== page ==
5 Top Stories

Tesla's charging dominance threatened; Samsung warns of softened chip demand; AI houses unite for responsible development

Every day, we handpick the 5 Top Stories stock market investors need to know. In 5 minutes, you’ll learn the stocks, CEOs, and money managers moving markets.

Joint venture set to challenge Tesla’s charging power

Seven key car manufacturers, including General Motors [GM] and Hyundai [005380.KS] have formed a new company set to challenge Tesla’s [TSLA] dominance of US electric vehicle charging infrastructure. The joint venture aims to install 30,000 chargers across North America, though Reuters reports that some lawyers suspect there may be antitrust concerns. White House press secretary Karine Jean-Pierre called the deal “an important step forward”.

Demand for chips is down, says Samsung

Samsung’s [005930.KS] profits fell 95% year-over-year in the second quarter, according to results announced Thursday, citing weak demand for memory chips. While Samsung expects demand to recover in the second half of 2023, it pledged to maintain output cuts while awaiting an artificial intelligence (AI)-driven recovery. Samsung’s shares gained 2.7% on Thursday, but rival SK Hynix [000660.KS] gained 9.7%, despite the launch of Samsung’s new foldable smartphone.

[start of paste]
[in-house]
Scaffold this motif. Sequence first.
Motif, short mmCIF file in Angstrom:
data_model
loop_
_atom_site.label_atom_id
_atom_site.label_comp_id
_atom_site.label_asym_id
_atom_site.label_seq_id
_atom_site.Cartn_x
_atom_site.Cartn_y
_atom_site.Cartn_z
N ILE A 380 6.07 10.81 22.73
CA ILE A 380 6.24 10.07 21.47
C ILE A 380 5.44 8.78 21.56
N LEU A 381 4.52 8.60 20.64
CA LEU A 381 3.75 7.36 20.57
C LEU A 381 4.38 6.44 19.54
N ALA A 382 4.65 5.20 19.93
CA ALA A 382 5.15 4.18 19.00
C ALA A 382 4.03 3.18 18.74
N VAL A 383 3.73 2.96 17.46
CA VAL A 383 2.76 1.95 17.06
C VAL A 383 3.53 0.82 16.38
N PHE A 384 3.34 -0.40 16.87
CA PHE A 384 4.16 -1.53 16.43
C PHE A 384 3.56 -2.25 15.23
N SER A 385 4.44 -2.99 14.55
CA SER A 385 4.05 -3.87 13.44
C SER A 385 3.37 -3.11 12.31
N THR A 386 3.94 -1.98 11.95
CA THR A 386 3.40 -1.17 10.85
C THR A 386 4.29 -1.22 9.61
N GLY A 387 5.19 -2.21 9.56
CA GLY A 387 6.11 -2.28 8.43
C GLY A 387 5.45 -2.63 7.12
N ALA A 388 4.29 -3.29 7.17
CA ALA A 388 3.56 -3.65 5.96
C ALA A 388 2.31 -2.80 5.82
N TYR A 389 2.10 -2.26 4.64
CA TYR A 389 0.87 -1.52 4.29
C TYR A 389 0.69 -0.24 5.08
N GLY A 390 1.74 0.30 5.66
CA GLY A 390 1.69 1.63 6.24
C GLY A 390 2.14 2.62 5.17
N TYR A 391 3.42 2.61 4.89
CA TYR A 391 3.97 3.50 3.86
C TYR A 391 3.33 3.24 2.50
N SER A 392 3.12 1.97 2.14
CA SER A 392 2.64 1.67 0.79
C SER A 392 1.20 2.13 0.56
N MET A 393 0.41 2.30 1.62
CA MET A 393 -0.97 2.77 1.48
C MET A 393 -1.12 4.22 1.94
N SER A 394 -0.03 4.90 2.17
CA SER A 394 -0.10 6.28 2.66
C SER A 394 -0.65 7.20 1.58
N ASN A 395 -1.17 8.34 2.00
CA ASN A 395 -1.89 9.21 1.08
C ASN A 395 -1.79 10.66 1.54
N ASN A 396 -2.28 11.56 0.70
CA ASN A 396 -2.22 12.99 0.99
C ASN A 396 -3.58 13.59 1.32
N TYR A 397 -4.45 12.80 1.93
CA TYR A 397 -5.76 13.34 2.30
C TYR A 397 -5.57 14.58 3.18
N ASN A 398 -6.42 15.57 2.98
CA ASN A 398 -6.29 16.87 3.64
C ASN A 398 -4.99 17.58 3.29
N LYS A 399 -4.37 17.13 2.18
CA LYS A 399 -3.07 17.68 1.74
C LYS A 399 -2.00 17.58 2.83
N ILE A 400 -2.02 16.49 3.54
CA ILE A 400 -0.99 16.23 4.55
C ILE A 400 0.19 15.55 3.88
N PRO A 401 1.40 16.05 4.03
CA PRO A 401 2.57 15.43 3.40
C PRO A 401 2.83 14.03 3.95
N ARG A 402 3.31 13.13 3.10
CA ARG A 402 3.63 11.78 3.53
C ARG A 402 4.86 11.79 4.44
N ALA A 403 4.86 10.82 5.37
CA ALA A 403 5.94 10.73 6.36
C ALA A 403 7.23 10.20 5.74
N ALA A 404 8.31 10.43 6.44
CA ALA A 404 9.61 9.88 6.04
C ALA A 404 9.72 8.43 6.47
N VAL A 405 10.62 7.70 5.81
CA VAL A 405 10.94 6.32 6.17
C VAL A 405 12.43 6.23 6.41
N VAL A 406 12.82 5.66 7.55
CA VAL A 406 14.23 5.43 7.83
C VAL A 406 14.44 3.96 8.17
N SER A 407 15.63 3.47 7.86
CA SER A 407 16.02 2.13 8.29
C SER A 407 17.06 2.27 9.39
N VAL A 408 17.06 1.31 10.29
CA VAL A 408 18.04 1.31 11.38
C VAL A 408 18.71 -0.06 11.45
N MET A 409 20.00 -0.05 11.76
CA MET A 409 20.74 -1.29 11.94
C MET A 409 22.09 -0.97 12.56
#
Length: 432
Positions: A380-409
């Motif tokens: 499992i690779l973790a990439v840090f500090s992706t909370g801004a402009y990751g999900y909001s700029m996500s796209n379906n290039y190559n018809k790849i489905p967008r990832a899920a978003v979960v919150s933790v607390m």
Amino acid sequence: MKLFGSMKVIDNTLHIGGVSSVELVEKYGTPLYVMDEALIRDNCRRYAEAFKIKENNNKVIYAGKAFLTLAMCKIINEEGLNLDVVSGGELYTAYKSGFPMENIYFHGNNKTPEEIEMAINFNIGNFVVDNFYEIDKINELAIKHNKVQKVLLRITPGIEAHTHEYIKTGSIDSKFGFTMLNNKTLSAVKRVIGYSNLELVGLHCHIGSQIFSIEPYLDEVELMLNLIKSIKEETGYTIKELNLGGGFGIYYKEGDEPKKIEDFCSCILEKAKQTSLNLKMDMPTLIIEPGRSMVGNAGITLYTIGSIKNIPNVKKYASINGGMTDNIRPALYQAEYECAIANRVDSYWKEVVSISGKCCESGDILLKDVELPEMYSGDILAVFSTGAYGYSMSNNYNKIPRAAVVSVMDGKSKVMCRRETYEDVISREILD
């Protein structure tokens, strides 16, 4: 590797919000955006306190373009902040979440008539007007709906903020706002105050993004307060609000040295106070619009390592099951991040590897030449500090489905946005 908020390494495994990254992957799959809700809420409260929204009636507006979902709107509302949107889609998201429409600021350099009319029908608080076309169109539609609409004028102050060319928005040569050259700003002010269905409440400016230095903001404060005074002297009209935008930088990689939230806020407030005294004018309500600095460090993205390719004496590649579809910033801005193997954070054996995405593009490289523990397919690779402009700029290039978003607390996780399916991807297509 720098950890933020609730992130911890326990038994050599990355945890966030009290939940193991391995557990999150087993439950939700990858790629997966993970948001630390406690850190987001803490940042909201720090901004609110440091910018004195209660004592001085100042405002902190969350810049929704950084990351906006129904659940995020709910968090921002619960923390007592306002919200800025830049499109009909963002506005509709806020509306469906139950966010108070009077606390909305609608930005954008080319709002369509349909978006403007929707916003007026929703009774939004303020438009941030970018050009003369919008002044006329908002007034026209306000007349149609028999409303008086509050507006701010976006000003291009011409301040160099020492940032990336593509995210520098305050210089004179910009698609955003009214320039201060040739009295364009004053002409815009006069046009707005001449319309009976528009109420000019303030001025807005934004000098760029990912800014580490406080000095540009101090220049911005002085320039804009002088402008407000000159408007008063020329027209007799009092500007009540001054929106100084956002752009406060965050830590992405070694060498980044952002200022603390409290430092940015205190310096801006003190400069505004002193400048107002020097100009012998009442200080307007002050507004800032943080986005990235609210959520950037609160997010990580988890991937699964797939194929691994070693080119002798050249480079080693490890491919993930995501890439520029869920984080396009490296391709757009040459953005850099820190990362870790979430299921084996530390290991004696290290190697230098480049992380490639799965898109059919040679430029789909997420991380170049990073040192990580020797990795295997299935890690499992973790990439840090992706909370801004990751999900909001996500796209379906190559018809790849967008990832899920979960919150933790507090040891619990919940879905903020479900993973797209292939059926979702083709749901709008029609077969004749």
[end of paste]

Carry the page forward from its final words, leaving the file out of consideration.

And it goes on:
STMicro grows revenues by 13%

Franco-Italian chipmaker STMicroelectronics [STM] boosted second-quarter revenue by 13% to $4.33bn, narrowly exceeding expectations of analysts surveyed by Bloomberg. STMicro CEO Jean-Marc Chery attributed the increase to growth in automotive and industrial markets. However, JP Morgan [JPM] analysts, including Sandeep Deshpande, wrote that the results indicated that “the strong earnings momentum shown by the business in the past two years [is] losing steam”.

Top AI firms form group for responsible development

Microsoft [MSFT] and Google [GOOGL], together with their respective subsidiary AI houses OpenAI and Anthropic, have formed the Frontier Model Forum. The group seeks to research increasingly sophisticated AI and ensure its “safe and responsible development”. The initiative, which follows closely on from AI safety pledges agreed with the White House, “is a vital step to bring the tech sector together in advancing AI responsibly”, according to Microsoft’s vice-chair and president Brad Smith.

Intelligent recommendations paying off for Meta

Meanwhile, Meta’s [META] investment into AI-driven improvements to feed and personalised recommendations is “already paying off”, according to CEO Mark Zuckerberg. Meta’s revenue rose 11% in the second quarter, the first time it has reached double digits since 2021, with net income increasing 16%. Recovering ad sales could drive revenue growth as high as 20% in the current quarter, the company said on Wednesday, buying time for Zuckerberg’s long-term Metaverse ambitions.

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